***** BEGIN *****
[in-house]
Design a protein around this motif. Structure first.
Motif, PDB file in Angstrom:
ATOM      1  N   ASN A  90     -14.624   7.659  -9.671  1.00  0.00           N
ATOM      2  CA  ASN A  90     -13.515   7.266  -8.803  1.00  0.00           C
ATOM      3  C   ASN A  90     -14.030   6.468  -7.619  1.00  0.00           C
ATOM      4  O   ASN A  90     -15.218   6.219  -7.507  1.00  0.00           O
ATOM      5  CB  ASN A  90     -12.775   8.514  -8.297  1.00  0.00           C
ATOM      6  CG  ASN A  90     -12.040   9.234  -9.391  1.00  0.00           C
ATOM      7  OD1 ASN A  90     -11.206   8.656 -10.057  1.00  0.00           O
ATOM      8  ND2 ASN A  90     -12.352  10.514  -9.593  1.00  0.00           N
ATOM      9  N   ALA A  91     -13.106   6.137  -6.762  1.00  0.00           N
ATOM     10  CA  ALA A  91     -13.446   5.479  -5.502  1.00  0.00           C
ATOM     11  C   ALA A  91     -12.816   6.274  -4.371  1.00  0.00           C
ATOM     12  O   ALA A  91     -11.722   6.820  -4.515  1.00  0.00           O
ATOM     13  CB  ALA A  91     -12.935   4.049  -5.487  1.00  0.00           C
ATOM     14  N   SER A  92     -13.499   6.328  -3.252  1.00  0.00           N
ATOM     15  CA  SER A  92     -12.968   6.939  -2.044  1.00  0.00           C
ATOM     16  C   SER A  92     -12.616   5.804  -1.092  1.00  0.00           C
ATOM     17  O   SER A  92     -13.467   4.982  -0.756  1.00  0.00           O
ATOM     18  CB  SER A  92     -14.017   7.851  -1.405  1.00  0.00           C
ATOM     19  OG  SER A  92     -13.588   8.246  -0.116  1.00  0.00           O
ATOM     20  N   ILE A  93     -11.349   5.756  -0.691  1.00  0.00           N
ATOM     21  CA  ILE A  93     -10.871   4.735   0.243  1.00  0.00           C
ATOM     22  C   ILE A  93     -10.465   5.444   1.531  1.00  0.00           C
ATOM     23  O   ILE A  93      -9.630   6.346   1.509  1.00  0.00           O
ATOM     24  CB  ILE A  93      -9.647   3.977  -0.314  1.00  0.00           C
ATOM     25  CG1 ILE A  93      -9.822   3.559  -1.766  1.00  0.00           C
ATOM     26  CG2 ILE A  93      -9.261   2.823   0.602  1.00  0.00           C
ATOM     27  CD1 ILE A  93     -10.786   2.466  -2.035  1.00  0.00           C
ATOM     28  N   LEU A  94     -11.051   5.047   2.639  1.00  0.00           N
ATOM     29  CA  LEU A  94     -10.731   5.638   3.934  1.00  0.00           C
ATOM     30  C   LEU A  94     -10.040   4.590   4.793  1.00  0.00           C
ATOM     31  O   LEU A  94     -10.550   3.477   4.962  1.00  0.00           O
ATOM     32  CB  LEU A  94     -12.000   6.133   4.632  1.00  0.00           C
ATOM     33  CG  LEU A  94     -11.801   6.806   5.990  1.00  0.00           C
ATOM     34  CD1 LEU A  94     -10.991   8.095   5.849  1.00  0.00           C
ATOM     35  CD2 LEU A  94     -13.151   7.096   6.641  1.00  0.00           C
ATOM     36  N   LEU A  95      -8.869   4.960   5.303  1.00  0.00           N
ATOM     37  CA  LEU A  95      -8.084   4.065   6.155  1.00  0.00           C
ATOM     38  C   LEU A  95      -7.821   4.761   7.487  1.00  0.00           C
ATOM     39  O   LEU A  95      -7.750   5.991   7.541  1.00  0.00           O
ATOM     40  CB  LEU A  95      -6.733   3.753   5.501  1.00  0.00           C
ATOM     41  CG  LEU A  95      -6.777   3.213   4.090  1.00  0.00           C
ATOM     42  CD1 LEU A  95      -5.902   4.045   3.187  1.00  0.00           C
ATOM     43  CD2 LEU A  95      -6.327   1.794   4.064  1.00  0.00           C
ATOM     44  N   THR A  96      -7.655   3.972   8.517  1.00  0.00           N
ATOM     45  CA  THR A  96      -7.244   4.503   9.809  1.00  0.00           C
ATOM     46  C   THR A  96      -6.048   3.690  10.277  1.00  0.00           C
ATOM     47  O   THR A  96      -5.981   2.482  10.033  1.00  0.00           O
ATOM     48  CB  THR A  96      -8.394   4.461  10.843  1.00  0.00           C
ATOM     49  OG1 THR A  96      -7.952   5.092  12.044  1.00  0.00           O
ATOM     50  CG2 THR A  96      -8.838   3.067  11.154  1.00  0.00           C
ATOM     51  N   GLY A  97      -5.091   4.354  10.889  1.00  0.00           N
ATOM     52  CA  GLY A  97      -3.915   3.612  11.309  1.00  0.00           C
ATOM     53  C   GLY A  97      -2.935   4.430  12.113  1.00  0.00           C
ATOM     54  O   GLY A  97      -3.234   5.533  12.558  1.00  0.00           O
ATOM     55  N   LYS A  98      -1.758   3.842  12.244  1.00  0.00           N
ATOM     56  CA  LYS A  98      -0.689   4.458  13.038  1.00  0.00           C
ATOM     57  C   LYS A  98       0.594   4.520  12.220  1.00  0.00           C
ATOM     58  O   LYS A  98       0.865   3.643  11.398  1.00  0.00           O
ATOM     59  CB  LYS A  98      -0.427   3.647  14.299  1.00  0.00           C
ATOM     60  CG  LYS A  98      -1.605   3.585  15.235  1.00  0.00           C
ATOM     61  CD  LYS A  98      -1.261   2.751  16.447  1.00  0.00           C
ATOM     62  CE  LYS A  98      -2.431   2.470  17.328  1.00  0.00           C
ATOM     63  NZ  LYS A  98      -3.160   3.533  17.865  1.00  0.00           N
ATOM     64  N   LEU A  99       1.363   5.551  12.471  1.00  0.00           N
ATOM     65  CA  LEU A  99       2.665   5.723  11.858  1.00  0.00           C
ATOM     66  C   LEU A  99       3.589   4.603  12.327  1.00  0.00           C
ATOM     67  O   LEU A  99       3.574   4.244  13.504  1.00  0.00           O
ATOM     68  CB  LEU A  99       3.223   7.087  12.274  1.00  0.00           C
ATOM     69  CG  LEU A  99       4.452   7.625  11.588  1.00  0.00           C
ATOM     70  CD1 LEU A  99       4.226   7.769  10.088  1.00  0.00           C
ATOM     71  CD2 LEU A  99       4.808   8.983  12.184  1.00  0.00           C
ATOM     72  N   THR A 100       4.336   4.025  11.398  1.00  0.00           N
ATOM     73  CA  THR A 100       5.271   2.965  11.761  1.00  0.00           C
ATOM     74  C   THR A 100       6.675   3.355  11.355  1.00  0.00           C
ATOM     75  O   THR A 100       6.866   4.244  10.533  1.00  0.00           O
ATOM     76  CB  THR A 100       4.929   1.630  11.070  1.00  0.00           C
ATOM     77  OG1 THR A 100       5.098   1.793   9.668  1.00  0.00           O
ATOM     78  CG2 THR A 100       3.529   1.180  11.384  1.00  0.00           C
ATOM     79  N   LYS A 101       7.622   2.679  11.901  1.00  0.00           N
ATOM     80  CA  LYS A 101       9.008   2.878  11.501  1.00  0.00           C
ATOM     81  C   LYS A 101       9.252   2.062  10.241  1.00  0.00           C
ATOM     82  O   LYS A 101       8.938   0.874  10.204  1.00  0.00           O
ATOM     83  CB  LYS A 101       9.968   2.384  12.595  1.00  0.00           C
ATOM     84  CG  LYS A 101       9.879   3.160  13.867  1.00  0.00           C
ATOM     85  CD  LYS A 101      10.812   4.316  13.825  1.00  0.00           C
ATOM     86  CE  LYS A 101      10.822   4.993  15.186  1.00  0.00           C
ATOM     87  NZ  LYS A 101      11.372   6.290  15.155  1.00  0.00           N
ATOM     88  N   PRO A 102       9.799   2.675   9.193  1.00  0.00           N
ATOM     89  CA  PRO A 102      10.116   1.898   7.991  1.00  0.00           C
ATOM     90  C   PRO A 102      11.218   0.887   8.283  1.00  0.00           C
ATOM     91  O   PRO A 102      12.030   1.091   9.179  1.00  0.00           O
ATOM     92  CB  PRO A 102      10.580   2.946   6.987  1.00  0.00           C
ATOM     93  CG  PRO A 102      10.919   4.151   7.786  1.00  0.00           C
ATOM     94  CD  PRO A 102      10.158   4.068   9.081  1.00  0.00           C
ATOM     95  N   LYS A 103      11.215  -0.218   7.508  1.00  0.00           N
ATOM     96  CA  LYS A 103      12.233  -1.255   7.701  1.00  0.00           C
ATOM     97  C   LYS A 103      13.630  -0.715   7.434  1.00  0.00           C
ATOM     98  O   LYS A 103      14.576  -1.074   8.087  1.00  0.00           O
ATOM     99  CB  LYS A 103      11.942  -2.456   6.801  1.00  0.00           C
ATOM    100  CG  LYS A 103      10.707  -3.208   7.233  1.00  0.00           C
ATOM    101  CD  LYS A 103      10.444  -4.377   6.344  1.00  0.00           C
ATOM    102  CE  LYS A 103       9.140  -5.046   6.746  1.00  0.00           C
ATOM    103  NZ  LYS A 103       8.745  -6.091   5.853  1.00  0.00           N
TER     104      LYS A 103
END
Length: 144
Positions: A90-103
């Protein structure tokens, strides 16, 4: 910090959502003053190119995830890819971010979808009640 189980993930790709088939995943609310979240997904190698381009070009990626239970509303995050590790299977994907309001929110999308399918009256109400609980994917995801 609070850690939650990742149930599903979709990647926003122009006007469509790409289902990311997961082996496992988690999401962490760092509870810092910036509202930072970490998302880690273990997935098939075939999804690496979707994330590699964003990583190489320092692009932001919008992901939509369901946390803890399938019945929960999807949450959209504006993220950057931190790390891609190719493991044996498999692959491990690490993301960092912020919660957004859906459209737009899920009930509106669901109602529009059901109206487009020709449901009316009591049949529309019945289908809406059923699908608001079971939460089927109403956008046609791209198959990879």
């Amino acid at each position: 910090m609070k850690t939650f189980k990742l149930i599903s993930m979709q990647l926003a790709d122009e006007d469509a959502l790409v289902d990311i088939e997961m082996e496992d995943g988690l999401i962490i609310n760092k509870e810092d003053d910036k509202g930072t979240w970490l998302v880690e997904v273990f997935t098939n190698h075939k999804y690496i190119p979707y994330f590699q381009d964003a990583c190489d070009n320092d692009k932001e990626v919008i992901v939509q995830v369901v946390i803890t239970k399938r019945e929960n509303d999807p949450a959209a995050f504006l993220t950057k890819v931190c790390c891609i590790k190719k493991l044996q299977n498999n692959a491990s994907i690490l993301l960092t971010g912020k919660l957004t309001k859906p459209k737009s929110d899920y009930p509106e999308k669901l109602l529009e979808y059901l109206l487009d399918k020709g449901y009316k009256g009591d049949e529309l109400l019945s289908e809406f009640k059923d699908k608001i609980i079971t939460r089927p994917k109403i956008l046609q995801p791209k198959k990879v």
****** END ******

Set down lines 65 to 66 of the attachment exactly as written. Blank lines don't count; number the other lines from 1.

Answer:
ATOM     62  CE  LYS A  98      -2.431   2.470  17.328  1.00  0.00           C
ATOM     63  NZ  LYS A  98      -3.160   3.533  17.865  1.00  0.00           N